感恩父母征文竞赛-高中组三等奖

My parents, like most others in their situation, have been through a lot. Both of them immigrated to the United States without even a basic command of English, worked hard in college, and got jobs as engineers here in the Bay Area, where they’ve lived ever since. After several years of working for their respective companies, I was born, which is where their
adventures in parenting began.

I can’t remember any specifics from my early childhood, up until around third grade, which means that nothing particularly traumatic happened. I know that by fourth grade I was better at math than anyone else in my elementary school, so my parents must have a hand in that. Of course, at the time I didn’t want to do math, and combined with my shy personality, I probably exploded into unexplainable temper tantrums relatively frequently. This emphasis on academic strength, not just math, continued throughout middle school and high school, doubtless influenced by how my parents grew up and were able to achieve their success. However, even to this day, I still doubt the merit of this method, but unlike in the past I have turned my animosity into a more passive form of resistance, which is much easier on everyone involved.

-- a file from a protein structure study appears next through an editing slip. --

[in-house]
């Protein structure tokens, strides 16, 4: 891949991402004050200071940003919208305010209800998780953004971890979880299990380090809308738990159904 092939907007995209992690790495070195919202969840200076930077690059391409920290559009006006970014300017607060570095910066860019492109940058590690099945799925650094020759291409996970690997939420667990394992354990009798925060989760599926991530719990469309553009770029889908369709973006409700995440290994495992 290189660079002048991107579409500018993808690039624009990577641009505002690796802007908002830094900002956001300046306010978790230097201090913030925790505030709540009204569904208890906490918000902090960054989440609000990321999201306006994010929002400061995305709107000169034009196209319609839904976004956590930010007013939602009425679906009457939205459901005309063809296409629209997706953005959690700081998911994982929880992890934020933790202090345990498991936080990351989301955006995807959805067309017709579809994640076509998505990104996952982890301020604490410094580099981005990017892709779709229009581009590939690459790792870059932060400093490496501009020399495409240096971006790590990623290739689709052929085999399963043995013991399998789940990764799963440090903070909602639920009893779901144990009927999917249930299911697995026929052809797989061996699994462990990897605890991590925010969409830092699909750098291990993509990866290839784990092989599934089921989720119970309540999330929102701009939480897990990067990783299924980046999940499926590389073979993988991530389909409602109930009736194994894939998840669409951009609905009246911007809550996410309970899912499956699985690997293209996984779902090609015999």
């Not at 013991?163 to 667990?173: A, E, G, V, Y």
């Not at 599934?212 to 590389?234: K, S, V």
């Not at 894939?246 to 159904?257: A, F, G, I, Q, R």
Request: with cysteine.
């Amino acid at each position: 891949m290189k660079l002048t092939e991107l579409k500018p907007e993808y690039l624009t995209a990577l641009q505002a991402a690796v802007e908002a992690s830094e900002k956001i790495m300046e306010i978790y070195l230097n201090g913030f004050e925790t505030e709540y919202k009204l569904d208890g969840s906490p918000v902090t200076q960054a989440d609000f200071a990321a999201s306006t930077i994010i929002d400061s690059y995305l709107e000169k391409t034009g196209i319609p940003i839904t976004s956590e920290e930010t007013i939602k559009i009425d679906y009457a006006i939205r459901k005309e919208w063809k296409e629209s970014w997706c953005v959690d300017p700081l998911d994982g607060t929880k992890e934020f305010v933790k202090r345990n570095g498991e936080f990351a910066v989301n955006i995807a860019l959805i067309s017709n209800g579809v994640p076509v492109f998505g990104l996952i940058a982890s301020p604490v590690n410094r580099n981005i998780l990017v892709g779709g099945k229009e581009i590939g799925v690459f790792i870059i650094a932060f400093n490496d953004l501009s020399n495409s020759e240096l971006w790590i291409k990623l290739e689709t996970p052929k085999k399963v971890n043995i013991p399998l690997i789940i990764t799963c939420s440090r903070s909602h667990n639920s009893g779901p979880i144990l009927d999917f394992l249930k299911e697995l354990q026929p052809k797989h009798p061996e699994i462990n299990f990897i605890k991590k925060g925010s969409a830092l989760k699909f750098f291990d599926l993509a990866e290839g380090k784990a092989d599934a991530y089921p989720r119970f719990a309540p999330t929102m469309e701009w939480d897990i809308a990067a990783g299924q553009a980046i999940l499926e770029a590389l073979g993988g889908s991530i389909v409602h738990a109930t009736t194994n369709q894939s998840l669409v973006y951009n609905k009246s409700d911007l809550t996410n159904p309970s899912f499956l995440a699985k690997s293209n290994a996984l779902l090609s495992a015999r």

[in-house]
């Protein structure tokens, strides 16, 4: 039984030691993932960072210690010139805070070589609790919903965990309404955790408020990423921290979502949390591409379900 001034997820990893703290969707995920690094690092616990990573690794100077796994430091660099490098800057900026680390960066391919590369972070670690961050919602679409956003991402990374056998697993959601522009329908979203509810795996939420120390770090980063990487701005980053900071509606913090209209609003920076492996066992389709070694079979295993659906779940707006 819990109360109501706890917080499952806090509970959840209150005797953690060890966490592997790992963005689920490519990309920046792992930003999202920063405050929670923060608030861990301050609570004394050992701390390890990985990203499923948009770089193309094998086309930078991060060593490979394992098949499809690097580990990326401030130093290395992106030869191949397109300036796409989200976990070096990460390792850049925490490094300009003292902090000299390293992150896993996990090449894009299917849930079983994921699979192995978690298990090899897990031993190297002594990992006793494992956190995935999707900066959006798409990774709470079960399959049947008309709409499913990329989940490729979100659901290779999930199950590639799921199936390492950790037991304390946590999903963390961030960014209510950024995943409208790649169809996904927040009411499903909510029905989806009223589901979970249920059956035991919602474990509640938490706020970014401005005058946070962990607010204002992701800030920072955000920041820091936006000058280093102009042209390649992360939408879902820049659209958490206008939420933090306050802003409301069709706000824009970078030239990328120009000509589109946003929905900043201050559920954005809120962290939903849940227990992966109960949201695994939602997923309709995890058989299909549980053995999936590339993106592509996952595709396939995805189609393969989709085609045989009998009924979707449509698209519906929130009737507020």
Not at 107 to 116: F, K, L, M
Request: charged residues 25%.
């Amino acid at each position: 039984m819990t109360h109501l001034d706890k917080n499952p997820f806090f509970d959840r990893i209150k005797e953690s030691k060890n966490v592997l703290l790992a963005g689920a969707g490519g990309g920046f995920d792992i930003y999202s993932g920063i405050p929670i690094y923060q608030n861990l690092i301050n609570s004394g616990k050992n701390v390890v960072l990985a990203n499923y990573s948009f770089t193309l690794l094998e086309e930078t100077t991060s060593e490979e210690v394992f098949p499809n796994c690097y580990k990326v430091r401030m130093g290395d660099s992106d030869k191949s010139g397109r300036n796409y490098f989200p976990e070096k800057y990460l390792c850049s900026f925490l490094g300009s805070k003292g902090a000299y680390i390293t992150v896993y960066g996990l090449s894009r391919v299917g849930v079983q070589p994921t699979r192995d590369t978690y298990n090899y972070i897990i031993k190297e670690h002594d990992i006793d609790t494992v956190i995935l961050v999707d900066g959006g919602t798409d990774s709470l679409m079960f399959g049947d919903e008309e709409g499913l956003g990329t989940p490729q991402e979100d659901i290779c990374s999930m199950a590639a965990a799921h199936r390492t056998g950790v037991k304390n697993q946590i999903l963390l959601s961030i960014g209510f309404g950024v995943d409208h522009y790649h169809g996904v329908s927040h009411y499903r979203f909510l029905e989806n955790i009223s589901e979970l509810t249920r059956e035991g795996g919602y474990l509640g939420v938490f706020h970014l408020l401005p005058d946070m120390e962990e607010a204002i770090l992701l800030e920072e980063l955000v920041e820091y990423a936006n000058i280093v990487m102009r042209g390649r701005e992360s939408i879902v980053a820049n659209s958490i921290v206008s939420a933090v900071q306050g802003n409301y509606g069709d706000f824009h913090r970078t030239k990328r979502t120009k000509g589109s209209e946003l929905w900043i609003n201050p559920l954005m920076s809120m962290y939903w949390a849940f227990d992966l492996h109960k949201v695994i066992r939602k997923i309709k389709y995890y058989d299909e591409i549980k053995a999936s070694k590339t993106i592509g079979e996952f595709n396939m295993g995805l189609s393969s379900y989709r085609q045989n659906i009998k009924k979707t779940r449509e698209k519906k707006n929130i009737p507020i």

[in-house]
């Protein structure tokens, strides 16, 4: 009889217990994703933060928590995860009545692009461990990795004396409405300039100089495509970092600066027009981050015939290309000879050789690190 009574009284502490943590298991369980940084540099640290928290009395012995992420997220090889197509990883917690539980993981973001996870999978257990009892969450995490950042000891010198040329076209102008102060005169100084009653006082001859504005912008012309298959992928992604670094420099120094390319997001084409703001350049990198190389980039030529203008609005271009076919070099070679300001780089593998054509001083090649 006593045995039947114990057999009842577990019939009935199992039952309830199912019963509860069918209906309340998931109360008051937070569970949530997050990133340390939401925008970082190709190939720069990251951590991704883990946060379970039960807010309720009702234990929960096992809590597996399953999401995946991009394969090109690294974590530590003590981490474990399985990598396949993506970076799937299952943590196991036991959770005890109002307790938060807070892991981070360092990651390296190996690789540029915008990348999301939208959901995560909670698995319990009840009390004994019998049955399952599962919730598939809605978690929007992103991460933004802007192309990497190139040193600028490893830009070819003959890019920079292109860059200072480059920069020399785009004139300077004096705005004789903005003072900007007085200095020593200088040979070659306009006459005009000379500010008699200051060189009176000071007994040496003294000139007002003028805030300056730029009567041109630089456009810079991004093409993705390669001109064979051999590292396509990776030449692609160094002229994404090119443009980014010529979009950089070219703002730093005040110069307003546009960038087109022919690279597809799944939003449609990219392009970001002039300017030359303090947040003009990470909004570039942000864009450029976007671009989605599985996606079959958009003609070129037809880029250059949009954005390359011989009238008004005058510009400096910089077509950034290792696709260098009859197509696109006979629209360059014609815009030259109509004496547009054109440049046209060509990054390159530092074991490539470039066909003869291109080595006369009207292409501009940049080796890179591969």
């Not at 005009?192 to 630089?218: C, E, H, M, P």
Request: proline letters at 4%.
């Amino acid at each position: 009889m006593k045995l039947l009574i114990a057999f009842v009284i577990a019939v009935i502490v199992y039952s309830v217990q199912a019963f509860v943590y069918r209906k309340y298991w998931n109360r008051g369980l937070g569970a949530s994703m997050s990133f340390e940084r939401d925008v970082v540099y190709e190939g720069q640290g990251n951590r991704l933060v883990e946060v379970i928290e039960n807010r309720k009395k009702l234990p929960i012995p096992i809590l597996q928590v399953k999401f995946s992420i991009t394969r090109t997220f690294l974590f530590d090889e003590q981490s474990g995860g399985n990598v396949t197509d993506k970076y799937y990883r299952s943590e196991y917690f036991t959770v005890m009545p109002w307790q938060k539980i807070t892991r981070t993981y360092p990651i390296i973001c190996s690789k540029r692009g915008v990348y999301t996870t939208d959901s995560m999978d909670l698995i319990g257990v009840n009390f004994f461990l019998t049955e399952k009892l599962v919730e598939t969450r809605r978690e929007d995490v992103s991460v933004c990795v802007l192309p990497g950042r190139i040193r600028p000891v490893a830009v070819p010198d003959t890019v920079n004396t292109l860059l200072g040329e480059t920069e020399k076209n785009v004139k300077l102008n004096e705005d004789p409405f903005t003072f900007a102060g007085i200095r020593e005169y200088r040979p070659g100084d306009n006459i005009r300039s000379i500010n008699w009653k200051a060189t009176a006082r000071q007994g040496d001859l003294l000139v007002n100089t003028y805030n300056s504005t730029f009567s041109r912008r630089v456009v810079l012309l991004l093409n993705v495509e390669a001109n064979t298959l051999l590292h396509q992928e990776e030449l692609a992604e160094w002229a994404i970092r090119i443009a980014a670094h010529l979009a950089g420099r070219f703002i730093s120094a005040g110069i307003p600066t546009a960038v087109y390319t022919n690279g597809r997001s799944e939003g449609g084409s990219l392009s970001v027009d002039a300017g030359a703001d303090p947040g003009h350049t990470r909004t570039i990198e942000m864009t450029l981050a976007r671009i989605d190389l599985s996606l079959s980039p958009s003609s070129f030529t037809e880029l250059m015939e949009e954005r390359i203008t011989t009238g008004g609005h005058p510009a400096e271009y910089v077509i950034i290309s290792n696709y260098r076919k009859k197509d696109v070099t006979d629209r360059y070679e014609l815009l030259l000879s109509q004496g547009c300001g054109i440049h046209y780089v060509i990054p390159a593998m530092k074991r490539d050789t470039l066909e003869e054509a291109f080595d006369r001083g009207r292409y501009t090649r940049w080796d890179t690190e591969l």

The peculiar thing about parenting is that even there are many books on the subject, they are all directed toward the parents, and never toward the kids. In any other relationship, for example romantic or business ones, guides exist for both parties, but there are very few, if any, manuals for kids to learn how to deal with parents. Add this to the fact that Asian parents, from what I observe, tend to be reticent about what they are going through, resulting in a lack of information about my parents’ emotions. However, perhaps this lack of information was actually beneficial for me, sparing me from the burden of grappling with situations that I did not understand. Regardless, I’m at the point in my life where I feel sufficiently equipped to deal with the majority of the situations that I will encounter, so I guess my parents did a good job.

Looking back, I realize that parenting is incredibly difficult. It’s like playing a video game where you are trying to help your character grow and achieve success, but where the rules change every day without your consent or knowledge. Most other animals, even the most advanced ones, such as elephants or dolphins, spend at most several years with their parents
before striking out on their own, and come into this world equipped with a basic skill set: dolphins do not need to be taught how to swim, and elephants how to walk. However, a human baby is incapable of anything except the most basic bodily functions, so turning one into an adult is truly a miracle. It also must be very painful to have something that you’ve painstakingly created say they hate you, so everytime I get mad that my parents won’t let me watch the Giants game or go
play basketball, I step in their shoes and force myself to not complain.

In summary, we need to appreciate all parents, not just our own, because what they have accomplished is nothing short of extraordinary.

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